Tuesday, May 10, 2016

SCREW YOU, WE'RE FROM TEXAS.

Uber and Lyft gave Austin an ultimatum -- vote away your foolish ridesharing safety laws, or else! -- and Austin told them to go fuck themselves. Andrea Grimes at the Texas Observer expects the corporations, which left Austin in a huff after the vote, to muscle the Texas legislature to override the city's laws -- which is a good bet to succeed, alas, because, as we saw when the lege and governor overrode Denton's anti-fracking law, in today's Tejas democracy ain't shit when there's some corporate ass to kiss.

Still, Austin's resistance gladdens my heart; it's like D├╝rrenmatt gave The Visit a happy ending. But conservatives feel very differently about it -- including those conservatives who like to call themselves libertarians. Actually Reason's Brian Doherty, to his credit, bravely maintains sangfroid ("as of Monday Austin will be a lot harder a city to get around in without owning your own car, which is a shame for everyone"), leaving only his mangled lede to show his true tortured feelings:
Activist obsession with "level playing fields" in non-commensurate businesses (taxis lack the user rating and identification systems that Lyft and Uber have) primed the citizens of Austin to vote for regulations that they knew (or had every opportunity to know) would drive the very helpful smartphone ride-hailing services Uber and Lyft out of their city.
When you have to work that hard to make it look good, it ain't good, Brian. Others had a harder time keeping their tempers. "Austin's Regulatory Regime Drives Uber And Lyft Out Of Town," sputters John Kartch at Forbes. His lede is nice and clean, since unlike Doherty he doesn't seem to have any shame getting in his way:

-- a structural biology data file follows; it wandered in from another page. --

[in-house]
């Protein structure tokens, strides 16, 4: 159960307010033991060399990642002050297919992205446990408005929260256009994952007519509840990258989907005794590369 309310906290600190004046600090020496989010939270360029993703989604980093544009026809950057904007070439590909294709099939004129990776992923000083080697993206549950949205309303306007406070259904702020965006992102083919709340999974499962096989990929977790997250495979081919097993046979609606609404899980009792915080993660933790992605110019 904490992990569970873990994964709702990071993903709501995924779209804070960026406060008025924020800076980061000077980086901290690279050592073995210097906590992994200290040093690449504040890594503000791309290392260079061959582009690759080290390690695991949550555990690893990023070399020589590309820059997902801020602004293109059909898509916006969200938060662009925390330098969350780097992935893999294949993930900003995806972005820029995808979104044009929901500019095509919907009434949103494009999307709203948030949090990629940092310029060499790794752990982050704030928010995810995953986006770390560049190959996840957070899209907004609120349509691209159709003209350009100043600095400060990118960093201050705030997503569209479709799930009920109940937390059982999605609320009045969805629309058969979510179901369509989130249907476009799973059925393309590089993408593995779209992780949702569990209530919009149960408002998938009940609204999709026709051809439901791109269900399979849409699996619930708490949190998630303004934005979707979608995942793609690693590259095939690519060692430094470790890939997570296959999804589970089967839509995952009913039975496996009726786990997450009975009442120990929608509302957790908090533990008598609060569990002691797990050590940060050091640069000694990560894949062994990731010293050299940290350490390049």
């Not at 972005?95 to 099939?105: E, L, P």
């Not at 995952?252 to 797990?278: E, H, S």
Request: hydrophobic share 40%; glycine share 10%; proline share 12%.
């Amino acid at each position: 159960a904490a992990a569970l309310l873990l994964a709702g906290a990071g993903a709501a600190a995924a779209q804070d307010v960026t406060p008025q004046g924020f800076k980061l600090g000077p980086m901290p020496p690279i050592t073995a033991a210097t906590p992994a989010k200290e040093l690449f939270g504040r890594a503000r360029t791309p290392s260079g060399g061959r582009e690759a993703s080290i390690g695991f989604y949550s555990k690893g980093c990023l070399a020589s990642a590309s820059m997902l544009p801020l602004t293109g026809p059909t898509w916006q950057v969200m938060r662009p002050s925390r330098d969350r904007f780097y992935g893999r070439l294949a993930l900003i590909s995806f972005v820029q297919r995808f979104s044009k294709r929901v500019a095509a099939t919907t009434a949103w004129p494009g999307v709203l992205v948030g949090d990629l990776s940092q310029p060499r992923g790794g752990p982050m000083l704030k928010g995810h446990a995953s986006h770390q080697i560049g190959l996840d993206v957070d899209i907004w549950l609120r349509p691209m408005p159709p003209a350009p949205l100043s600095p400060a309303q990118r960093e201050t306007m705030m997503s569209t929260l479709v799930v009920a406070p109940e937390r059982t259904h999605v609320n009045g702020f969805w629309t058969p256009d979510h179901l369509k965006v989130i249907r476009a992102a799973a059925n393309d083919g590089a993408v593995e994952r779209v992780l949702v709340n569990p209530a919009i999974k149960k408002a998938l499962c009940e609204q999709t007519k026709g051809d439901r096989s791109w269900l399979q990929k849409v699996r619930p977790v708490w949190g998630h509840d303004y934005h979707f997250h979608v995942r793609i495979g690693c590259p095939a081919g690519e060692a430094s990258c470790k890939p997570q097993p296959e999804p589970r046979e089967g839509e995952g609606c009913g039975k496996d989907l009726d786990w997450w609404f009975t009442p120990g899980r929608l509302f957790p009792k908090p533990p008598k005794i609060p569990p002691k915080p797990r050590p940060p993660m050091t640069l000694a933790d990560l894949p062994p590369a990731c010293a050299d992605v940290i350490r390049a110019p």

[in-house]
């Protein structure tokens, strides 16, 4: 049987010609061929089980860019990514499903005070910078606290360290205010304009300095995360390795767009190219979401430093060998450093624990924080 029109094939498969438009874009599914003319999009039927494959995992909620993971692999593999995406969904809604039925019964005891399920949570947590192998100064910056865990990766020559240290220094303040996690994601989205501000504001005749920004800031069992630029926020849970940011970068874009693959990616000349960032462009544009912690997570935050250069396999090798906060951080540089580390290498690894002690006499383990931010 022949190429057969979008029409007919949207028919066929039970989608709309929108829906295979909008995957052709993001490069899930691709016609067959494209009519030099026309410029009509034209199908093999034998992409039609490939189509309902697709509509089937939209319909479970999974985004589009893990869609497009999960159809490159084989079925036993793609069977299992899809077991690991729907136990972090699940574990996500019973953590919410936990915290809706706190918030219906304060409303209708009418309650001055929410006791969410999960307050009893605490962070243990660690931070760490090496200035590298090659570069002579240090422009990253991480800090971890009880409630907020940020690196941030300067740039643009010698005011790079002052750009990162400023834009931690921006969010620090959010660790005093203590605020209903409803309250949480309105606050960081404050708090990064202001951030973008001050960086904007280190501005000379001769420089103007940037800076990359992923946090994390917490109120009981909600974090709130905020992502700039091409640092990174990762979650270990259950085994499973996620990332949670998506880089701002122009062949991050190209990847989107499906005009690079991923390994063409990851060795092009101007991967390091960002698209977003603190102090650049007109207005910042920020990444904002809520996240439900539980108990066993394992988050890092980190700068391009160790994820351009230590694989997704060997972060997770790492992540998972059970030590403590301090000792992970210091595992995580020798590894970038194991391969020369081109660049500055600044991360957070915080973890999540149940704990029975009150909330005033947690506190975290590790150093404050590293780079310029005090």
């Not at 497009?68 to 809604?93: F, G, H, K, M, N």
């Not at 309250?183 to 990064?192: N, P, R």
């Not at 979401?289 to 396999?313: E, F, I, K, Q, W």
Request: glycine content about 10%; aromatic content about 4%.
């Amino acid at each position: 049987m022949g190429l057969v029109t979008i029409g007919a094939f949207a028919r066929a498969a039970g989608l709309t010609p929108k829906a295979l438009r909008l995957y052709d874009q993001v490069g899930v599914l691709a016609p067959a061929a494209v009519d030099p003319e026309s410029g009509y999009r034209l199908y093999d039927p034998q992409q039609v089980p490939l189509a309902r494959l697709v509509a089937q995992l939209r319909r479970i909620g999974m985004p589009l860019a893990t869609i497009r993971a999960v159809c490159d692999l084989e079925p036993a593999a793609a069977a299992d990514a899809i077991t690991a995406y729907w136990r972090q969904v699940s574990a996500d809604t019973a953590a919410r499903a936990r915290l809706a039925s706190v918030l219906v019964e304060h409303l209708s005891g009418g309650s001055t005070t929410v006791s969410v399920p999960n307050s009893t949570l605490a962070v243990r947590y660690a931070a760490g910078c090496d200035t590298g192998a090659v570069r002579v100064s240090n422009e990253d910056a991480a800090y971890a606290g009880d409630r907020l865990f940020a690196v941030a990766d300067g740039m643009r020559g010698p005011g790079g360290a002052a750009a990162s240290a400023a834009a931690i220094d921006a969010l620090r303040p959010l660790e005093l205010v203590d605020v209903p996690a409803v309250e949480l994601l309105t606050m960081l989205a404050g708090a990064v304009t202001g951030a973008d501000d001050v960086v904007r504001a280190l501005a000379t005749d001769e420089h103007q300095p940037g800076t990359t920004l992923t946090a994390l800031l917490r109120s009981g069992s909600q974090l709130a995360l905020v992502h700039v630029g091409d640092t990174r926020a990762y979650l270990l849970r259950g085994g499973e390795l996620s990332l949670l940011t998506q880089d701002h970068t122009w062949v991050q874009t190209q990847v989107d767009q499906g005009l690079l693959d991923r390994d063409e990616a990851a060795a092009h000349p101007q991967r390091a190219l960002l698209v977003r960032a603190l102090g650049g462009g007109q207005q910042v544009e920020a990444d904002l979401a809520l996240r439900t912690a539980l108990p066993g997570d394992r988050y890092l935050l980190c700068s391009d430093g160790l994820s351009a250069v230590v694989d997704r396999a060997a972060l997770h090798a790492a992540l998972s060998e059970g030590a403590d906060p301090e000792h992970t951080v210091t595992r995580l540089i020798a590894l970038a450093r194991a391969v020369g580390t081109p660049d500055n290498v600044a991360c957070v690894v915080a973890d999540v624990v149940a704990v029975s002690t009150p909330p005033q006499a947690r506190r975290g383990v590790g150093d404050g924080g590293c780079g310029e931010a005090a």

With the failure of Proposition 1, Austin’s innovation-friendly reputation has taken a hit. The city’s decision to saddle ridesharing apps with an extensive list of petty, burdensome, and unnecessary regulations is driving Uber and Lyft out of town, effective Monday.
And they tell me Facebook is prejumadiced! Kartch has an interesting take on public referenda, too:
Rather than adopt the less burdensome substitute ordinance, the city council forced the Saturday May 7 special election vote on Prop. 1. The local taxpayer cost of holding the special election was expected to be $500,000 but the city council pressed ahead anyway.
The voice of the people -- what a waste!
Prop. 1 failed by a vote of 48,673 to 38,539. The confusing ballot language written by the city council was of no help to pro-ridesharing residents.
Yeah whatever buddy. "Uber forced to leave Democrat-controlled Austin, thanks to new regulations," snarls Anthony Hennen at Red Alert Politics. "Say what you want about whether or not it is practical or necessary to require these companies to fingerprint their drivers but this still provides another example of government not working well with ingenuity of the private sector," says whatever Chinese slave writes under the alias Andrew Mark Miller for Young Conservatives.